Radio Comedy

Radio Comedy

3.8 (5 ratings by Goodreads)
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Description

Radio Comedy is a fascinating journey into the recent past of American popular culture, an exploration of radio's Golden Age of humor. Bringing together excerpts from the transcripts of shows that helped define a period, and offering many rare studio photographs, it brings to life once again the excitement that radio generated among American audiences of the 30s and 40s. Wertheim recaptures the uproarious comedy of Amos 'n' Andy, Jack Benny, Fred Allen, Bob Hope, and Will Rogers, as well as the small town humor of programs such as Fibber McGee and Molly and Vic and Sade, showing how and why they became such a craze during the Great Depression and World War II eras. He also explores the relationship of social history to radio comedy, demonstrating how some shows reflected on the events occuring in America and afforded listeners not only an escape from reality, but a running commentary on society in a form the public could accept. Particularly incisive, and couched in accessible, readable language, this book reveals how radio comedy was both a traditional and innovative form of American humor. While resembling the frontier humor of the comic braggart, and borrowing from vaudeville stage comedy, radio comedy also fashioned an entirely new type of humor especially suited to the new sound medium. Telling the compelling story of an exciting era of entertainment, Radio Comedy also helps illuminate the roots of today's gigantic show business industry. For anyone interested in American popular culture, it is essential reading.show more

Product details

  • Paperback | 452 pages
  • 132.08 x 200.66 x 27.94mm | 408.23g
  • Oxford University Press Inc
  • New York, United States
  • English
  • New edition
  • New edition
  • halftones, bibliography
  • 0195079183
  • 9780195079180

Review Text

Humor doesn't travel very well, especially from the telling to the printed page. In this survey of radio humor, some of the medium's most memorable jokes lie parched and dusty, leaving even a reader who heard them the first time around to wonder why they were ever considered funny. It is this ephemeral and fragile quality of comedy - plus the advent of television - that spelled the demise of the radio comedian. The author, a history professor, recalls rather pedantically the short, brilliant history of the famous jokesmiths, from Amos 'n' Andy in the late Thirties to "The Charlie McCarthy Show" of 1956, for which CBS could not find a sponsor. By that time, most of the major stars - Jack Benny, Bob Hope, Red Skelton - had made a successful transition to TV. Along the way, we are introduced to the early performers - Easy Aces, Fibber McGee and Molly, Burns and Allen, Vic and Sade - and to such radio novae as Joe Penner, Jack Pearl, and Stoopnagle and Budd, along with the revered Fred Allen. Professor Wertheim offers thumbnail sketches of the major stars as well as samples of their sketch material, but his most useful service is in tracing the way radio comedy, which was relentlessly aimed at the middle class, changed and developed with such social phenomena as the Depression and World War II. But there is not much humor here. Once a joke has been explained, put in its proper social context, its teller profiled and a footnote appended, the inclination to laughter is stifled. (Kirkus Reviews)show more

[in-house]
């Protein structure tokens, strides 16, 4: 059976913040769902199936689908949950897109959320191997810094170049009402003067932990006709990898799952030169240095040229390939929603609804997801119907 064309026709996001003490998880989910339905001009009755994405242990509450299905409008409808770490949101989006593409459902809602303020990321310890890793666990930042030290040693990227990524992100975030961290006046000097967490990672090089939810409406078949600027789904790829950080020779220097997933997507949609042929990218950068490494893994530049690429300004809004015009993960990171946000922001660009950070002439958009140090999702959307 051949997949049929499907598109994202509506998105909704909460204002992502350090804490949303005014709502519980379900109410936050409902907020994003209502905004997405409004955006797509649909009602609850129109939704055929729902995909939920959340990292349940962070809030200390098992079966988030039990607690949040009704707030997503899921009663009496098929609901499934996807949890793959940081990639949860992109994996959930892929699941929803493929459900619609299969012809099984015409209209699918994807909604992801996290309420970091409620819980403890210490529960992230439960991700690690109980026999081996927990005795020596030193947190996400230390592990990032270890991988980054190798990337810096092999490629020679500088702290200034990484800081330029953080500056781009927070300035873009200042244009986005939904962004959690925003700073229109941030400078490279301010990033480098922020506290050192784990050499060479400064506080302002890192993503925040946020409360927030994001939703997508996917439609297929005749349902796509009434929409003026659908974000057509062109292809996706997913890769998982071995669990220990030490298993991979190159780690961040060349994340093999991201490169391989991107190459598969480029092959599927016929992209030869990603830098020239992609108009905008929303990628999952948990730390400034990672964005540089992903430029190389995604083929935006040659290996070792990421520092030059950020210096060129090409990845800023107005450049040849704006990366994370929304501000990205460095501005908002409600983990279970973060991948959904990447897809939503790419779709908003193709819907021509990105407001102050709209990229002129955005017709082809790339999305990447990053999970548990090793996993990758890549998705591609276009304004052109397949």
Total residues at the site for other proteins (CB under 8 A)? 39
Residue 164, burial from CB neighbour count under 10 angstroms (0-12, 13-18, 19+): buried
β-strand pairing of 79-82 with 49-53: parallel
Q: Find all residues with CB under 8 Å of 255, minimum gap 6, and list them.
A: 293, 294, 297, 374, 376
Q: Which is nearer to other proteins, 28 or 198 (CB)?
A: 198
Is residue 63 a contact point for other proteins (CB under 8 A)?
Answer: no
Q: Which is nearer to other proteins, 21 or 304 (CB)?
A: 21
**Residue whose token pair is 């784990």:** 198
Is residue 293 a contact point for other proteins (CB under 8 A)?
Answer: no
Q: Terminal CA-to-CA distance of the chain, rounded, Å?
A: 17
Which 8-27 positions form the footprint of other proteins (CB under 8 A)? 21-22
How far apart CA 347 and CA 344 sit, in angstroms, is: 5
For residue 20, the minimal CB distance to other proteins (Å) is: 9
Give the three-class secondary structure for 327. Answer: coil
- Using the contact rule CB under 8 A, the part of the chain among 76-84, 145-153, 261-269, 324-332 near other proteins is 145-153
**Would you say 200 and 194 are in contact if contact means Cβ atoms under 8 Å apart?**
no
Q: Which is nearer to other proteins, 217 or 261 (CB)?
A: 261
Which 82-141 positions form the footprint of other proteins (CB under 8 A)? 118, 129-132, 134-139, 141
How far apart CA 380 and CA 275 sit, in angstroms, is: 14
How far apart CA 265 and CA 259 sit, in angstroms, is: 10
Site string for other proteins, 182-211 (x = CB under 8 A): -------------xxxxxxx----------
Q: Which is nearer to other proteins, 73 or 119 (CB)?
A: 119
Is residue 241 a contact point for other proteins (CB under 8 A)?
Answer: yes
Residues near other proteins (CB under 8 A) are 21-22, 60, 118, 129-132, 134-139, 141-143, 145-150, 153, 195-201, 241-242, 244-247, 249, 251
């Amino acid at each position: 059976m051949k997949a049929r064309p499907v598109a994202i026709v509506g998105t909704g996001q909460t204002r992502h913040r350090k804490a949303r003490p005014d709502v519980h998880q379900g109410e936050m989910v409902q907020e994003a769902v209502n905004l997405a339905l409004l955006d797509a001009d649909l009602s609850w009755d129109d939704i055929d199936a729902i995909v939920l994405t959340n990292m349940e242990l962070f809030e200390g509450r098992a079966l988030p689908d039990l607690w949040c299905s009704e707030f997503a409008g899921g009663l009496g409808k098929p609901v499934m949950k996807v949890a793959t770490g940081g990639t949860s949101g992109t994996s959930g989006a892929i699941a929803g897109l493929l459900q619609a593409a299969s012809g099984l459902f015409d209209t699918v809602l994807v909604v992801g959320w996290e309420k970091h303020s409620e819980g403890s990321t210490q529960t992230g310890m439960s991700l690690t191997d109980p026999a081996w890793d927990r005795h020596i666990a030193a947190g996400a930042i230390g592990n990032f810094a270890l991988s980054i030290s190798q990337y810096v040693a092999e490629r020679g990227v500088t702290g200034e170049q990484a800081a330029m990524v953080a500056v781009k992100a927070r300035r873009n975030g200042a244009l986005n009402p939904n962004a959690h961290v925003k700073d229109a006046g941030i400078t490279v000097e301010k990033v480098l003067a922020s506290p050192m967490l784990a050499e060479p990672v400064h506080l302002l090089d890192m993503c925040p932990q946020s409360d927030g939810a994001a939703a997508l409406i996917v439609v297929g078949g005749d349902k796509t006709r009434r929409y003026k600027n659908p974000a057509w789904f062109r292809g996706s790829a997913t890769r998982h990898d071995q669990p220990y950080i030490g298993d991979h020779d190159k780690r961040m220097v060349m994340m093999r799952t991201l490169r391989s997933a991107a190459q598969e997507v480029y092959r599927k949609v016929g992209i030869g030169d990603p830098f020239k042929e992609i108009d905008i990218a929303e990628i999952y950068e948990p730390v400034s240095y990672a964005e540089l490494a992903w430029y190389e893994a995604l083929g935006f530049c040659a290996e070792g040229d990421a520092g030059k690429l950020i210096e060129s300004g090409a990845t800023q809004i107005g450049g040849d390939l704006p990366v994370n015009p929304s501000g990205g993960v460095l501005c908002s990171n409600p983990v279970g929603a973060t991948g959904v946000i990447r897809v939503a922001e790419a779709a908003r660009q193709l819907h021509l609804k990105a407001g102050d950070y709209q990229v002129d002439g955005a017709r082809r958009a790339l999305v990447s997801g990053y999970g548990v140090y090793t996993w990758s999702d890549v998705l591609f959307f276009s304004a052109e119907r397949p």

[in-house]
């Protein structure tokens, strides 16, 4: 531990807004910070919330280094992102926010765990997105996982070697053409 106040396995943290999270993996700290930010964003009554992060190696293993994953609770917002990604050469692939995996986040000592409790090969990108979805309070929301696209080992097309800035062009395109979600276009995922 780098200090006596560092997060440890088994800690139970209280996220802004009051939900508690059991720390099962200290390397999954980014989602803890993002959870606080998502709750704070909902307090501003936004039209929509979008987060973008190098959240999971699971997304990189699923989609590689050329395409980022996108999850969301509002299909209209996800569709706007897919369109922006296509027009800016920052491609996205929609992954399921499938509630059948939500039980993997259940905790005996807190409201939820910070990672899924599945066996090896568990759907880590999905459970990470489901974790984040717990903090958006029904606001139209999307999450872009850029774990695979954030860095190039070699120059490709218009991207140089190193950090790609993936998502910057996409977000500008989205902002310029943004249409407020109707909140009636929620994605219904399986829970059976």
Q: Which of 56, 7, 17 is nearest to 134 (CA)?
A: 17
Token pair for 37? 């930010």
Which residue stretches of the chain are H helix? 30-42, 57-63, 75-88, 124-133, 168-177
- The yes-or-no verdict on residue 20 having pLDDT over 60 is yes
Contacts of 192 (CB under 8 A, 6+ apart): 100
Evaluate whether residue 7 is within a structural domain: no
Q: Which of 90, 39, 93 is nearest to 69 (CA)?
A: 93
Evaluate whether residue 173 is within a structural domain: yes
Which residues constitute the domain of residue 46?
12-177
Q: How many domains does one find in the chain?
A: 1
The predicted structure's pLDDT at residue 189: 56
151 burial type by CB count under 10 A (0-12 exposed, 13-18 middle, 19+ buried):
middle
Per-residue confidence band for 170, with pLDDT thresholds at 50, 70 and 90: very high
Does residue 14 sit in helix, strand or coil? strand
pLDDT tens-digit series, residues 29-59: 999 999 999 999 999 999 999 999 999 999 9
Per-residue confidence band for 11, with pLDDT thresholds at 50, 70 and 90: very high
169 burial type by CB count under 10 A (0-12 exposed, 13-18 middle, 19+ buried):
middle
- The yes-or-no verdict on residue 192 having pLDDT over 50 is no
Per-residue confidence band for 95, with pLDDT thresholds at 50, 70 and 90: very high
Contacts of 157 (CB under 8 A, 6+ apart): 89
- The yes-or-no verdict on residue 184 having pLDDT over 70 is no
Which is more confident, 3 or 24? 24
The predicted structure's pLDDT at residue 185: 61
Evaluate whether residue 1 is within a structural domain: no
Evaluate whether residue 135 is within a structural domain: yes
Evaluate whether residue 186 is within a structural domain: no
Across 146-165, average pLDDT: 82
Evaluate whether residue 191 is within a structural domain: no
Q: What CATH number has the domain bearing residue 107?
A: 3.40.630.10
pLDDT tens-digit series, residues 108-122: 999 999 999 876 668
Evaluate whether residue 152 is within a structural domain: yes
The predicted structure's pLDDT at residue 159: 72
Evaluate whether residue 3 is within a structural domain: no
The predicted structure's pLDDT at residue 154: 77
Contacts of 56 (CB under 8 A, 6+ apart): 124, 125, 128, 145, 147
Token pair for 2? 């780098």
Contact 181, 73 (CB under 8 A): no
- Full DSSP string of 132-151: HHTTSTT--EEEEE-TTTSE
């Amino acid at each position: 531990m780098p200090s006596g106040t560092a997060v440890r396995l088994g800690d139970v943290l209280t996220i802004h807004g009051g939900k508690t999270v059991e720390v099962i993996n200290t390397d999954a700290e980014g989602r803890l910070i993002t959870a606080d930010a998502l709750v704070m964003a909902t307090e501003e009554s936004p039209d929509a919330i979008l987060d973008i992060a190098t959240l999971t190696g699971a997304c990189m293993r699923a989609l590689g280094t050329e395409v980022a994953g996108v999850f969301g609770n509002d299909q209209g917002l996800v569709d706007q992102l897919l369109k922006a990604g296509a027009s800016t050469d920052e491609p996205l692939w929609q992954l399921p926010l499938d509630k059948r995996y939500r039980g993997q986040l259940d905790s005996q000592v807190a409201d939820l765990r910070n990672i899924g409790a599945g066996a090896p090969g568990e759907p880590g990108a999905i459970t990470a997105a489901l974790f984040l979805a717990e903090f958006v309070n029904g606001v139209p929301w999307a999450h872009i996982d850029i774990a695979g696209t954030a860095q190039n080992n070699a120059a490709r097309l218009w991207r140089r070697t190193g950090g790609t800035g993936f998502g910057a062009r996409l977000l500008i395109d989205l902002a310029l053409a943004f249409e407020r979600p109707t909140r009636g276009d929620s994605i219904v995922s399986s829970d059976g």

About Arthur Frank Wertheim

About the Author Arthur Frank Wertheim is the editor of The Papers of Will Rogers, a multi-volume edition of the humorist's writings sponsored by the Will Rogers Memorial at Claremore Oklahoma. He is also a Senior Writer at the University of California, Los Angeles and the other of numerous books, including The New York Little Renaissance, American Popular Culture: A Histoical Bibliography, and Will Rogers and the Ziegfeld Follies.show more

Rating details

5 ratings
3.8 out of 5 stars
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4 80% (4)
3 20% (1)
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